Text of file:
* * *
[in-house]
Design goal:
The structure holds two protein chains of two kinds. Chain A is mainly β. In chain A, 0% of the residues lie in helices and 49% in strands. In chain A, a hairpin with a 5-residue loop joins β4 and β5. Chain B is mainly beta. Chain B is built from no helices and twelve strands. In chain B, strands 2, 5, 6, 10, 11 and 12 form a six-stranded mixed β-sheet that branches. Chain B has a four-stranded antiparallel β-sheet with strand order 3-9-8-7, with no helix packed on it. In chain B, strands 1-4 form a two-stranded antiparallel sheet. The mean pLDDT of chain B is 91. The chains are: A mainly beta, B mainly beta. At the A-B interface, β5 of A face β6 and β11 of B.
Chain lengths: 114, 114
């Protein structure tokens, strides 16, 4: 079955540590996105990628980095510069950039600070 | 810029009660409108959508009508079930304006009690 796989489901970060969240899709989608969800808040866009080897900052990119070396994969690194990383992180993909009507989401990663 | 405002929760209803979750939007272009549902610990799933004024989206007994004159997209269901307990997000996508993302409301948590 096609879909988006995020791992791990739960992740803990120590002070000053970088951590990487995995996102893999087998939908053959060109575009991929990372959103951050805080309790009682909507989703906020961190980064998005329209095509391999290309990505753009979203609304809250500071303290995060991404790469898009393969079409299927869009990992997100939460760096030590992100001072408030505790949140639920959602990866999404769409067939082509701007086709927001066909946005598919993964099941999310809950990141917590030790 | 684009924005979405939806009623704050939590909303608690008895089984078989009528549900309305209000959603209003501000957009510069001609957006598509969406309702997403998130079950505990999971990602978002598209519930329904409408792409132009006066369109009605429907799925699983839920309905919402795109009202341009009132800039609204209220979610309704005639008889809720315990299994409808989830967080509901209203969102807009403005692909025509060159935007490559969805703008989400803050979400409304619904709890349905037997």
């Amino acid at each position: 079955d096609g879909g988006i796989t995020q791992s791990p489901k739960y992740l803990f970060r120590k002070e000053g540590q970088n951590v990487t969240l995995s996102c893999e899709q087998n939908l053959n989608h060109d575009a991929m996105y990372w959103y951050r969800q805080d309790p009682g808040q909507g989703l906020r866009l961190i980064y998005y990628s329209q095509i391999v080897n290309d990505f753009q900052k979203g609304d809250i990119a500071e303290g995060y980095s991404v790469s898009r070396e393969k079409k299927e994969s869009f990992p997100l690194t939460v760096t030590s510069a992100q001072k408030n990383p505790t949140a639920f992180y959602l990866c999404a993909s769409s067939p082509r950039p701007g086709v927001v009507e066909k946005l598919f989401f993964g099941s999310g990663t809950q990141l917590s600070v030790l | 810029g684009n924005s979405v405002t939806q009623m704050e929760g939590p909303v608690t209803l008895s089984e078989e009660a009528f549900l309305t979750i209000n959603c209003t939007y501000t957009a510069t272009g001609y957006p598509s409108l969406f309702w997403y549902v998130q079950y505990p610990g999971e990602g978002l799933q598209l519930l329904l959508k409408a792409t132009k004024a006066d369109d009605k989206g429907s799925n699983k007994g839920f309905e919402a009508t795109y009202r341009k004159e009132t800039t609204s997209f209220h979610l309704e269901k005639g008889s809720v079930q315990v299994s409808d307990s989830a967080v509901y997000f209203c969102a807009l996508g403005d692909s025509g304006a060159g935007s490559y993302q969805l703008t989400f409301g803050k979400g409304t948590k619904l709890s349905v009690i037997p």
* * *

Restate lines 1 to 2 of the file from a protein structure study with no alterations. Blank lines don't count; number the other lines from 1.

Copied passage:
[in-house]
Design goal: